Getting loans and credit easier according to new studies

Credit Card Balances Anticipated Growing in 2011

Good news. The hard times getting credit are over— well for some. According to the January 2011 Senior Loan Officer Opinion Survey on Bank Lending Practices, it seems that the banks are becoming more lenient when issuing credit for commercial and industrial loans, in addition to business, household, and consumer loans.

Strict rules and regulations that previously stopped consumers from getting credit cards and loans have changed. Large banks in particular reported more lax standards on commercial and industrial loans, but the changes in terms for household loans were small and mixed. Banks seemed to be more willing to make installment loans and a small percentage reported an easier application process for approving credit cards, according to the survey.

The survey reported that about 50 percent of banks are expecting to see an improvement in the quality of credit card and other consumer loans.

Chairman and CEO of Discover Card believes that a reduction in credit acquisition policies means that it will be easier for new credit consumers to run up credit balances. He may be wishfully thinking, as statistics show that consumers have wised up and are taking better care of their credit, if they in fact choose to use credit over debit and cash methods.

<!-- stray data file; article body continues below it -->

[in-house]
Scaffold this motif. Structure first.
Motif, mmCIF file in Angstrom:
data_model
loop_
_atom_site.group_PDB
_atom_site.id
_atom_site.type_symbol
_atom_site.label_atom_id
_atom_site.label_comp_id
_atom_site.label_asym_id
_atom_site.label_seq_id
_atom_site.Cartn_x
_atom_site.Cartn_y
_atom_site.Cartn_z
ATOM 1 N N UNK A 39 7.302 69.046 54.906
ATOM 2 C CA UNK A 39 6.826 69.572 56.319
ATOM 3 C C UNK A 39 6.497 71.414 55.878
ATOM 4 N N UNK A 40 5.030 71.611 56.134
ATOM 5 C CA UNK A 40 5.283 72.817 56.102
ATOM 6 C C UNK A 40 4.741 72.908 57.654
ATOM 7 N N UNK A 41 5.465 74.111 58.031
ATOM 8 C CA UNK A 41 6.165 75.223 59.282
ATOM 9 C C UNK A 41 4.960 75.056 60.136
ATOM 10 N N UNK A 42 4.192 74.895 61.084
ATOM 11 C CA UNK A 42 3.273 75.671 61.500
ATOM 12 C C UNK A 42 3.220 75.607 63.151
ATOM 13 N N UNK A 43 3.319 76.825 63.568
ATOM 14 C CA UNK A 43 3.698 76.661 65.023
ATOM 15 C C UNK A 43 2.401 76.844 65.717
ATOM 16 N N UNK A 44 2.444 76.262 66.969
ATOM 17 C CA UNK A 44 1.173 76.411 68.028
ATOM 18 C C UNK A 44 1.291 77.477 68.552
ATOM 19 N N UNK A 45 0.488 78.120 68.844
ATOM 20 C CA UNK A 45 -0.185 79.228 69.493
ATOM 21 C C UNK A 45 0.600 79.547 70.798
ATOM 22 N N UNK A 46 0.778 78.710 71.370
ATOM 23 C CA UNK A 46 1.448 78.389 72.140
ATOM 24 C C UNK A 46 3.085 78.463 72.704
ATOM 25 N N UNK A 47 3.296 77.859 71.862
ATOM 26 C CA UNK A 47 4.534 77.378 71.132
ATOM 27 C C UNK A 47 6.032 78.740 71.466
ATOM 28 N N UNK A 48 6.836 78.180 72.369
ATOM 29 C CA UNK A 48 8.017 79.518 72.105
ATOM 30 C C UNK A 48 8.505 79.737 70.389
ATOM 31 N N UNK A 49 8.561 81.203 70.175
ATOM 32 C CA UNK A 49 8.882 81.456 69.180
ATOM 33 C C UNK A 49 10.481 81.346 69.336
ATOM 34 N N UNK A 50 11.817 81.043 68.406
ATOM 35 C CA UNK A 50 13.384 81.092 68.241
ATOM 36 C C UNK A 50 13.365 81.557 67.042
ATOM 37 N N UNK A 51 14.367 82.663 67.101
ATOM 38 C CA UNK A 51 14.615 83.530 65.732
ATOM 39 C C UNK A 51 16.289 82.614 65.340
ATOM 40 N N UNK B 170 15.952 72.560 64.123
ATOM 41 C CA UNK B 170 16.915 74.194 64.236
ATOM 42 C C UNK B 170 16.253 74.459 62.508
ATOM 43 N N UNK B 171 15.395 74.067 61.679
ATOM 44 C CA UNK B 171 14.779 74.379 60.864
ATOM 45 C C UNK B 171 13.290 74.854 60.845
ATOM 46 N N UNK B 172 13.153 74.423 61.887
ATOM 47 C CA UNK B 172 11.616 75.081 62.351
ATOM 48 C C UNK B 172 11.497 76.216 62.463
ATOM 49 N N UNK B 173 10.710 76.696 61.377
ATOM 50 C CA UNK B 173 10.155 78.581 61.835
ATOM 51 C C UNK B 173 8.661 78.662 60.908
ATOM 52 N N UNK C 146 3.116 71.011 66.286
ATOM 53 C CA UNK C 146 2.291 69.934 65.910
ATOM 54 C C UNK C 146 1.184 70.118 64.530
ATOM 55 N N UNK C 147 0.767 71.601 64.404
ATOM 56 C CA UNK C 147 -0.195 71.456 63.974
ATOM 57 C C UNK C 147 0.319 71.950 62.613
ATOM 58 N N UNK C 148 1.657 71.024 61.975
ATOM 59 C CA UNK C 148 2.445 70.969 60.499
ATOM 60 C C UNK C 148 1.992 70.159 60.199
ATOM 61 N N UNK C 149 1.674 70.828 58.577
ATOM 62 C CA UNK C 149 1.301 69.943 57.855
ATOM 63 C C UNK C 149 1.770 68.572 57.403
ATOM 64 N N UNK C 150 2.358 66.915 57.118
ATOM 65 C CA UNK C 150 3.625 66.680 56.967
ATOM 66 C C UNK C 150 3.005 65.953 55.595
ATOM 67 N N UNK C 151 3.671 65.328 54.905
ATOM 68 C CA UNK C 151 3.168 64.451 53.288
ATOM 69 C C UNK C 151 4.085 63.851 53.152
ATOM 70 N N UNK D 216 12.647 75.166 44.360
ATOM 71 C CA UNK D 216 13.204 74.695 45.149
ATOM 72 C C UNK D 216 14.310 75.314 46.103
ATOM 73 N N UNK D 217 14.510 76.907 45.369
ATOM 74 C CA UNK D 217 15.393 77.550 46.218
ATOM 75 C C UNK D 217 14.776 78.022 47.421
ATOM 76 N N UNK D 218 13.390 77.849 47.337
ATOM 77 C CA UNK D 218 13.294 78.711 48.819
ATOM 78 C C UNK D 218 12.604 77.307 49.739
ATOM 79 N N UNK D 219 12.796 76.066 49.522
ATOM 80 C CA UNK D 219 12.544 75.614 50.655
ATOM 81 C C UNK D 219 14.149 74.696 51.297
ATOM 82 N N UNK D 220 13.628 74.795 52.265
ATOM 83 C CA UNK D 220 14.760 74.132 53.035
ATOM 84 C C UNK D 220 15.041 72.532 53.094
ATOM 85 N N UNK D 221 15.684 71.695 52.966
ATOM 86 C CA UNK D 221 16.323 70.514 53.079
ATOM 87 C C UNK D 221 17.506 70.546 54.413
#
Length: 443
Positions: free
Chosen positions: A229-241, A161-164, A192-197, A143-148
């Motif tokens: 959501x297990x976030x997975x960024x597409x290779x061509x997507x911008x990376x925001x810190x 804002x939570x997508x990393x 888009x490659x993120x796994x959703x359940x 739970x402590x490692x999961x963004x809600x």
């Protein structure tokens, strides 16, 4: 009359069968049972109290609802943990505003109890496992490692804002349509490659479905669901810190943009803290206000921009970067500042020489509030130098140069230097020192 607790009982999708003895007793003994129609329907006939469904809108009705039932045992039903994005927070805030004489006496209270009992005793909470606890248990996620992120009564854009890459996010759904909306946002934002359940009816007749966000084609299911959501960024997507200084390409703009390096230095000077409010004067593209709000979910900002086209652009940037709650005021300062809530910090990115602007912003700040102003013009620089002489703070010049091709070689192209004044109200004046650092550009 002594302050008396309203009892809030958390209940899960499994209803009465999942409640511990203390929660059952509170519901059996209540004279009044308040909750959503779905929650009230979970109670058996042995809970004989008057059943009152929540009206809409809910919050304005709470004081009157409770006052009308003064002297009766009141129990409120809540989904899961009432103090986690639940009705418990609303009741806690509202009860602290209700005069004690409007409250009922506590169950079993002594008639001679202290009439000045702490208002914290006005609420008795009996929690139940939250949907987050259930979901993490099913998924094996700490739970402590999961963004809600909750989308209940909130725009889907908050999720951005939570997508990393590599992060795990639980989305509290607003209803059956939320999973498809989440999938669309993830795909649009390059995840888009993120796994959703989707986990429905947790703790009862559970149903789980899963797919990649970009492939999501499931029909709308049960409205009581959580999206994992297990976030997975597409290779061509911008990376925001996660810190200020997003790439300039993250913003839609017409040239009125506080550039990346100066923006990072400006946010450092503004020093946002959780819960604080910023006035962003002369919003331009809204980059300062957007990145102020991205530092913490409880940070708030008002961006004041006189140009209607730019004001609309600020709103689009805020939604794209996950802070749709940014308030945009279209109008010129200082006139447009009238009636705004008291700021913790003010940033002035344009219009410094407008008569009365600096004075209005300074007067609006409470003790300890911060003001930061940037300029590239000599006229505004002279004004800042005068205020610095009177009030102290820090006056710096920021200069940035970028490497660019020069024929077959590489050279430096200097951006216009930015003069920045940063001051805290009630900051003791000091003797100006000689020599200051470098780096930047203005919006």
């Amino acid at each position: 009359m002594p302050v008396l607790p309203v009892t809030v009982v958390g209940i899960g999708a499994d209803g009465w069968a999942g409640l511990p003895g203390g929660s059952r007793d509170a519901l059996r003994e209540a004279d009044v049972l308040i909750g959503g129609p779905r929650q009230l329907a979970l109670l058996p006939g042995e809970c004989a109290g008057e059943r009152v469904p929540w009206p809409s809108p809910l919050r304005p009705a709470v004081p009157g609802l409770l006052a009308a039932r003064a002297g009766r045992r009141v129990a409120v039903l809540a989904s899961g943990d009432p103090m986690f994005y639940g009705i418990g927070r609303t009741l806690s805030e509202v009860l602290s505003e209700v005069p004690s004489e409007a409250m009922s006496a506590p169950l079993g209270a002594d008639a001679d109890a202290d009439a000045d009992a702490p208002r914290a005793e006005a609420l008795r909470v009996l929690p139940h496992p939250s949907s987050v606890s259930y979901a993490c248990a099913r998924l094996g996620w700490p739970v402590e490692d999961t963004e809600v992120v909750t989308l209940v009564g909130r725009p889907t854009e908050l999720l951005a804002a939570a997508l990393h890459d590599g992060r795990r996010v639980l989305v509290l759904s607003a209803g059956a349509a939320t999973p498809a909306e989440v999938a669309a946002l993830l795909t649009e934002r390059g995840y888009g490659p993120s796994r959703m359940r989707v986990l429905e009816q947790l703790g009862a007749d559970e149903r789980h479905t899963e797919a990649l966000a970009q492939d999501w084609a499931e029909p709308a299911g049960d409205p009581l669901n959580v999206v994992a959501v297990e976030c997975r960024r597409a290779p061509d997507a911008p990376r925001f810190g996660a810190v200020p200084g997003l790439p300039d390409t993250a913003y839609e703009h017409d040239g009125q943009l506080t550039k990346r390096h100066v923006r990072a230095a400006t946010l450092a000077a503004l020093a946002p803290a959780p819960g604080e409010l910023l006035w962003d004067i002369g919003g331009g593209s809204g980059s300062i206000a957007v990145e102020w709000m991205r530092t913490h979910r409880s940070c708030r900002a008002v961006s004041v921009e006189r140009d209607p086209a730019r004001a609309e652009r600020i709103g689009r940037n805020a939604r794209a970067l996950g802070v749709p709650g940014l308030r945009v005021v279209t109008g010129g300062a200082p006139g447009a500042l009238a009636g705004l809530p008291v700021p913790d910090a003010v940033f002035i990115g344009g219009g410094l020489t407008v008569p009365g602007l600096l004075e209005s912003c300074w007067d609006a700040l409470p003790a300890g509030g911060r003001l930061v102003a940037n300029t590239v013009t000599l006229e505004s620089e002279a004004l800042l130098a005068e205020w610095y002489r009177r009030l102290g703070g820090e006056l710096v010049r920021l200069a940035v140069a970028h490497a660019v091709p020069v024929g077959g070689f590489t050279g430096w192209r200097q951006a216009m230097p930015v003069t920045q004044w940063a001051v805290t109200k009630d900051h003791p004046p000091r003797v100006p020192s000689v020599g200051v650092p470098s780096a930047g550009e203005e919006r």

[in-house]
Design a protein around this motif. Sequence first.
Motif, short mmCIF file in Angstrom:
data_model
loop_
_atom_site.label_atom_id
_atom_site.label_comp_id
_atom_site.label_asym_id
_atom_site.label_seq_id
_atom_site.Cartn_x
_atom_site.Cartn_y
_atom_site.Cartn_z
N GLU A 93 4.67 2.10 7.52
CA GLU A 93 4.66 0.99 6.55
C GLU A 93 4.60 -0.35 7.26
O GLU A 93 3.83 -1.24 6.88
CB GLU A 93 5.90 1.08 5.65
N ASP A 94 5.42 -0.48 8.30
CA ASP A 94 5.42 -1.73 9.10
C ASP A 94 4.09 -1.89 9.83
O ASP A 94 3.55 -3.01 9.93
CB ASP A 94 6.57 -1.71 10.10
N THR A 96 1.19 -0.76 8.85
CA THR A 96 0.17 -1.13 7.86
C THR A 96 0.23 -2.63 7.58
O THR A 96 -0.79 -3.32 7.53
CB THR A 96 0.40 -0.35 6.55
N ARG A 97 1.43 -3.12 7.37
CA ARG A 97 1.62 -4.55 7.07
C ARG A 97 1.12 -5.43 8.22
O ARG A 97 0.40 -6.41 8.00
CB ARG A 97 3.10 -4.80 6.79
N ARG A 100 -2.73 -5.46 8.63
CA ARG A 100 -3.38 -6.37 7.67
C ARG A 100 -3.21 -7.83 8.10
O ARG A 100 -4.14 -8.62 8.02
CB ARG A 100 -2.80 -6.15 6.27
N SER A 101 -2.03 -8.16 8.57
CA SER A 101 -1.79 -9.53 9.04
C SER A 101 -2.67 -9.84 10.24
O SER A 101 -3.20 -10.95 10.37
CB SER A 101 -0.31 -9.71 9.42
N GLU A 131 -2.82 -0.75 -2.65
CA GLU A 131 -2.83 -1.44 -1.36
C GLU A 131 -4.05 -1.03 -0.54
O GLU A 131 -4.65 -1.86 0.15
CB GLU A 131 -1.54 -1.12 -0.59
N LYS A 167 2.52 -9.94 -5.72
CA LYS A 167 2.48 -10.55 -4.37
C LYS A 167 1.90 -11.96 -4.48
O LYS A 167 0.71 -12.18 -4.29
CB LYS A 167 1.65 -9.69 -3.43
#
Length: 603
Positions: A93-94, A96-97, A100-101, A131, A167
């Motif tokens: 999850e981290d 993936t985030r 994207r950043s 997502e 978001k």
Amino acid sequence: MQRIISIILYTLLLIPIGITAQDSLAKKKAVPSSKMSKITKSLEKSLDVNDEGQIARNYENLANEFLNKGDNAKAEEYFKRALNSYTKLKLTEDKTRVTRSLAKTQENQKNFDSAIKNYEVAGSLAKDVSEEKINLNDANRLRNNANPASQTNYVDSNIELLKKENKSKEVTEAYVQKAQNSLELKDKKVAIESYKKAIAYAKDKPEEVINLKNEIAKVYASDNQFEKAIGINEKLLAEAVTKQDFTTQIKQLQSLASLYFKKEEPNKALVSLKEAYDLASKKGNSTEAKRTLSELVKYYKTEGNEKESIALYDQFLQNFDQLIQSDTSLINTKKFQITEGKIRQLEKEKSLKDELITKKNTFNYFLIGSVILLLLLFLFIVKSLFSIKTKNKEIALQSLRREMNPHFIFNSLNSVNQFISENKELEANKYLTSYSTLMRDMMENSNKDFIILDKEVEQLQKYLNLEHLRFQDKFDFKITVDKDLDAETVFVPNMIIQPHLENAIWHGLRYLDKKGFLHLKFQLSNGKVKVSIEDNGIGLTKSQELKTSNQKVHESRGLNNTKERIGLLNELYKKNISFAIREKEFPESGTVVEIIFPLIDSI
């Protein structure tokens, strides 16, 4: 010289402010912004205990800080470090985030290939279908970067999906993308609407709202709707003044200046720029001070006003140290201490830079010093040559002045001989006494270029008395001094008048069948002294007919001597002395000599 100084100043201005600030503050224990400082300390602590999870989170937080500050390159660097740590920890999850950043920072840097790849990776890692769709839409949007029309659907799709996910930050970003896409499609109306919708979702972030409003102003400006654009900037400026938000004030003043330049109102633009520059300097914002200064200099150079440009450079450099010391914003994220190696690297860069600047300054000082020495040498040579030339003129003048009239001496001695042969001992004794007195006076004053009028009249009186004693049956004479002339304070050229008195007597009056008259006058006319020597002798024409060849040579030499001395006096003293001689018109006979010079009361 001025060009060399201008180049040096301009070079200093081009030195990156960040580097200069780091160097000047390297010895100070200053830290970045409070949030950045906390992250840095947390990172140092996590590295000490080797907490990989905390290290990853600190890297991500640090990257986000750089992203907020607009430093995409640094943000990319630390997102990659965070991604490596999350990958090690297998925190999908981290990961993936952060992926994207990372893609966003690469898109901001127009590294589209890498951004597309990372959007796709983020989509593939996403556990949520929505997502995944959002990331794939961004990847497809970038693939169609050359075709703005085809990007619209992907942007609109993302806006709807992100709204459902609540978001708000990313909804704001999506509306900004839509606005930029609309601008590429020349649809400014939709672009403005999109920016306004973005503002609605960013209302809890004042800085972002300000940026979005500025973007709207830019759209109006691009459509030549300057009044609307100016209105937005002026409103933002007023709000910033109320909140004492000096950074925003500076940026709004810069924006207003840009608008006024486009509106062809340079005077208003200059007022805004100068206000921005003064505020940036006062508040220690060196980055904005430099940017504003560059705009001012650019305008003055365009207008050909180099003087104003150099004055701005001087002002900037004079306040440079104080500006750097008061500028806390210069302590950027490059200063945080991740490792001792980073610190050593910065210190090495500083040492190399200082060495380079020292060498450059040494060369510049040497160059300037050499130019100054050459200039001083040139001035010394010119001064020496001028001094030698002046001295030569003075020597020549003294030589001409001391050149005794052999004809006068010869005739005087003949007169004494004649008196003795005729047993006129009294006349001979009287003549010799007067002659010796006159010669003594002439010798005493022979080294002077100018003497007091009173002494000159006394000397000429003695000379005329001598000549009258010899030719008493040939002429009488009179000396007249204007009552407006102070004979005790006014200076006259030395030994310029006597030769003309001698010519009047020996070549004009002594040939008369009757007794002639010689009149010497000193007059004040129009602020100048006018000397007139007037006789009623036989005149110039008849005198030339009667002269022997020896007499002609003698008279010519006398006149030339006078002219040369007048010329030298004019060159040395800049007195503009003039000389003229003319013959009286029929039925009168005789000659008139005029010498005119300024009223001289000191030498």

According to a financial analyst, Rupert McAllister, “it is in the consumers’ hands whether or not easier access to credit cards means more spending. We do not have the adequate data, but reports have shown that consumers are taking better care of their credit, which leads us to believe that credit card debt will not increase.”

In the fourth quarter, a small percentage of banks reported easier standards on consumer credit cards and non-credit-card loans. Twenty percent of banks reported that they expected improvement in nontraditional closed-end loans. Thirty five percent of banks expect improvement in home equity loans, and close to 40 percent expect to see improvement in prime closed-end loans. Large banks were more likely than smaller banks to express these high expectations.

Contradictorily, a few banks admitted to reducing credit lines on existing consumer credit card accounts. Approximately 20 percent of banks explained that they reduced lines of credit for commercial construction, and demand for prime and nontraditional closed-end residential real estate loans had fallen. The demand for closed-end loans has declined for two consecutive surveys.

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